Roger Spottiswoode’s UNDER FIRE might be a poor mans version of SALVADOR, Oliver Stone’s frankly, mesmerising gut punch. However it is also a refreshing film about the power of documenting war, lies and the visual documentation of events. Roger Spottiswoode’s was an editor and this shows in the films swift, smooth movements and its energetic action scenes. Now after A PRIVATE WAR released last year it seems the audience want to here the narratives again. The documenting both visual and audiable telling of war and civil disharmony via the media, has become in vouge again. Nick Nolte, Gene Hackman and Joanna Cassidy star as three journolists. Russel Price (Nolte) is a photo-journalist with a dream. Claire Stryder (Cassidy) is his love interest. Her husband, Alex Grazier (Hackman) is a producer looking for a story. Caught up in the war between the Nicaraguan government and the Sandinista rebels, they begin to get caught in the deceit at the heart of modern conflict. All captured on 35mm.

Released at a time when a host of films were floating around, SALVADOR and THE KILLING FIELDS being far more powerful and potent as films. Based on a series of different influences and released on a tide of films that looked at the small wars which riddled the cold war period. UNDER FIRE reviews the growing power of photo journolism in the modern age. In truth it is almost directly inspired by the (footage still exsits on Youtube no less) of the 1979 Nicaraguan murder of ABC reporter Bill Stewart and his translator Juan Espinoza by National Guard. UNDER FIRE came into the film world as a rather hard to navigate piece. What I mean by this is the following. History of the event had played out before. The horror was palpable and the retelling was not. So a studio seemed to want to engage with an event but distanced itself. This is not the fault of the cast, who are frankly excellent. It is the directors lack of attention to political questions. Swerving the big questions also is the fault of the screen writers. Who muddy the waters with a Guerava event that dilutes the eventual awful scene.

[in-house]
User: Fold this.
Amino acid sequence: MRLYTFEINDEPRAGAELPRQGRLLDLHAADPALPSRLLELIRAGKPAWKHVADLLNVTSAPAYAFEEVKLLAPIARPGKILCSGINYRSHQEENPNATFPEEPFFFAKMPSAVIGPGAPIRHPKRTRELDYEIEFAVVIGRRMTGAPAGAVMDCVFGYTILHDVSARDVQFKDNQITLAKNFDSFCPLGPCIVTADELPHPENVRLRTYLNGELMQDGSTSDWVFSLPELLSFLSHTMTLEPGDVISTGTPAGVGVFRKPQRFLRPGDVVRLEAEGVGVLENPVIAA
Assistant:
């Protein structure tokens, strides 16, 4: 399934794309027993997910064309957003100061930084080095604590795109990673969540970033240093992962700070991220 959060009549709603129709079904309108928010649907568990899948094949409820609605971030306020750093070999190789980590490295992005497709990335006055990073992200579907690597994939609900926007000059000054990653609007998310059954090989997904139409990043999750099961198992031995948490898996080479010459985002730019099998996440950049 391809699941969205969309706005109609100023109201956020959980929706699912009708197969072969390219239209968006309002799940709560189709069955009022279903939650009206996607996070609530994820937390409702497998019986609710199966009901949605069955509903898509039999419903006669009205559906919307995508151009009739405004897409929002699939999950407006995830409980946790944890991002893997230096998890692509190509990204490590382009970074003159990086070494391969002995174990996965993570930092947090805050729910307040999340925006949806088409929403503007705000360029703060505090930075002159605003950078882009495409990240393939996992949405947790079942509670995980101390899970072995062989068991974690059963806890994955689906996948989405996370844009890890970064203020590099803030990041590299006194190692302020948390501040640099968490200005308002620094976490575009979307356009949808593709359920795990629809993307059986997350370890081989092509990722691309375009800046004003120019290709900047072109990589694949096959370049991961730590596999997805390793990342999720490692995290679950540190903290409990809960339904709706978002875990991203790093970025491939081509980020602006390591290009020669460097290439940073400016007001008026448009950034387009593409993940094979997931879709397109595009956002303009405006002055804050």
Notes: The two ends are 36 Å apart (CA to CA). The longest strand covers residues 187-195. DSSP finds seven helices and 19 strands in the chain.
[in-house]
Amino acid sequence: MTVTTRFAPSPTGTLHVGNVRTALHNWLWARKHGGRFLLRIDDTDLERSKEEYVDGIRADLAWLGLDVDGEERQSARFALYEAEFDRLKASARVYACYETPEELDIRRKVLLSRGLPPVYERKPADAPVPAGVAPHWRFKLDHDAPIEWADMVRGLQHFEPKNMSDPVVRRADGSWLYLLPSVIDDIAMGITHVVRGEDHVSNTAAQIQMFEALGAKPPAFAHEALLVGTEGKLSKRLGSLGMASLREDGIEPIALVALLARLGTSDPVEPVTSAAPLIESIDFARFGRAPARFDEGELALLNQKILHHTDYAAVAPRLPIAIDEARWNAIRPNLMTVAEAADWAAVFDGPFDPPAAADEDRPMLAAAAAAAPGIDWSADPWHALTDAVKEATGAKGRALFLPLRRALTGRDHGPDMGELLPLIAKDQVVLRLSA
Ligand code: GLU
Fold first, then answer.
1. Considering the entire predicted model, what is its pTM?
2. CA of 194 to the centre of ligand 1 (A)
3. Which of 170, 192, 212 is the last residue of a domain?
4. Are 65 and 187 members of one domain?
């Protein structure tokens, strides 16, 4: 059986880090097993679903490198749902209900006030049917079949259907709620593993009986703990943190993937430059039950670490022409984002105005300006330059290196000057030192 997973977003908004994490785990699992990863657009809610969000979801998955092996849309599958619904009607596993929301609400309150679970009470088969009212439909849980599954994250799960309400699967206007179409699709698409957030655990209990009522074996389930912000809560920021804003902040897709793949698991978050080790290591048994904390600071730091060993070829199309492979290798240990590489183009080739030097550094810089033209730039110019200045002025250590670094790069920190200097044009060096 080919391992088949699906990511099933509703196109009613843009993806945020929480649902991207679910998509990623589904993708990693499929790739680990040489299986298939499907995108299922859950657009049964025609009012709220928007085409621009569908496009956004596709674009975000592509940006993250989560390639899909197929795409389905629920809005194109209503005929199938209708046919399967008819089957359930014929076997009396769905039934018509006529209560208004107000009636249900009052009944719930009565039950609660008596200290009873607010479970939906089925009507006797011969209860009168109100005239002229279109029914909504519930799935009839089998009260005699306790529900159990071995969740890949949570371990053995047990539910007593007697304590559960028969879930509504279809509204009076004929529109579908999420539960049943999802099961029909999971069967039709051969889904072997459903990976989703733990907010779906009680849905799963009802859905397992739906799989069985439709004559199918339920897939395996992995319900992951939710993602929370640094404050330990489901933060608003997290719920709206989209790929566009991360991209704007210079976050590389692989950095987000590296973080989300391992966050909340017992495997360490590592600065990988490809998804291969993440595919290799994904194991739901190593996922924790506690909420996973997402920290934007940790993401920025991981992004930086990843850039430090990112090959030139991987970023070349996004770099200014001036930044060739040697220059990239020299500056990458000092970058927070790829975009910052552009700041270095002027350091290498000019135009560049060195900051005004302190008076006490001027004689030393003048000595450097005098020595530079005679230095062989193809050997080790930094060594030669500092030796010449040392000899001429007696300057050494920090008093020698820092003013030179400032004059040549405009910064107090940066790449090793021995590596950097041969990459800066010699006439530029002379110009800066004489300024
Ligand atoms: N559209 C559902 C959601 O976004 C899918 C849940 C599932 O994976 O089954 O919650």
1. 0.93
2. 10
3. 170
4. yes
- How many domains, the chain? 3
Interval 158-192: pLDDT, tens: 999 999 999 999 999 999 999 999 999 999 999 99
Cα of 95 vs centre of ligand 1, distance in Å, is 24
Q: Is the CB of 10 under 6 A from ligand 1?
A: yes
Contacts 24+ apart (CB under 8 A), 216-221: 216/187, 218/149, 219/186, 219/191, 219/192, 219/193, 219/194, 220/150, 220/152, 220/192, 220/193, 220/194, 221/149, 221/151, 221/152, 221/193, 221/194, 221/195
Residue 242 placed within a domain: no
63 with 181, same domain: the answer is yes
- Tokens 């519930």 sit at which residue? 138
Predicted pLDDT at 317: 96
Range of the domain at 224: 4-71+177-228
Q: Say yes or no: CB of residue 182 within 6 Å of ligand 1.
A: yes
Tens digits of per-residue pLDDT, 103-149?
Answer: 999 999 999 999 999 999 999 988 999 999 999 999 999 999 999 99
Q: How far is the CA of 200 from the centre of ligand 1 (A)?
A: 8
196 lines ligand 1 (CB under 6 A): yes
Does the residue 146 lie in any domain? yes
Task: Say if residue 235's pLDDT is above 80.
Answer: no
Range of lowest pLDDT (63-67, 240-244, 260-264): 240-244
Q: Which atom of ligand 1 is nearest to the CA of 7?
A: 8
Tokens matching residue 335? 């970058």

The disc

The 1080 is not stunning. It is not stunning at all. It is life less and dull. The image is bloated and the colour washed out. I was less than impressed.

The Extras

Commentary by director Roger Spottiswoode is the best of the bunch. Talking like his father with an engaged layer approach to film form and the screen. I would say start here and stay here. Film Historian Nick Redman also is very good indeed.


  • Stunning 1080p presentation on Blu-ray
  • Uncompressed LPCM 2.0 audio
  • Optional English SDH subtitles
  • Audio Commentary with director Roger Spottiswoode, Assistant Editor Paul Seydor and Photo-Journalist Matthew Naythons, and Film Historian Nick Redman
  • Audio Commentary with Music Mixer-Producer Bruce Botnick, Music Editor Kenny Hal and Film Historians Jeff Bond, Julie Kirgo, and Nick Redman
  • Joanna Cassidy Remembers Under Fire [3 mins]
  • Original Theatrical Trailer
  • Limited Edition Collector s booklet featuring new writing by author Scott Harrison [2000 copies only]

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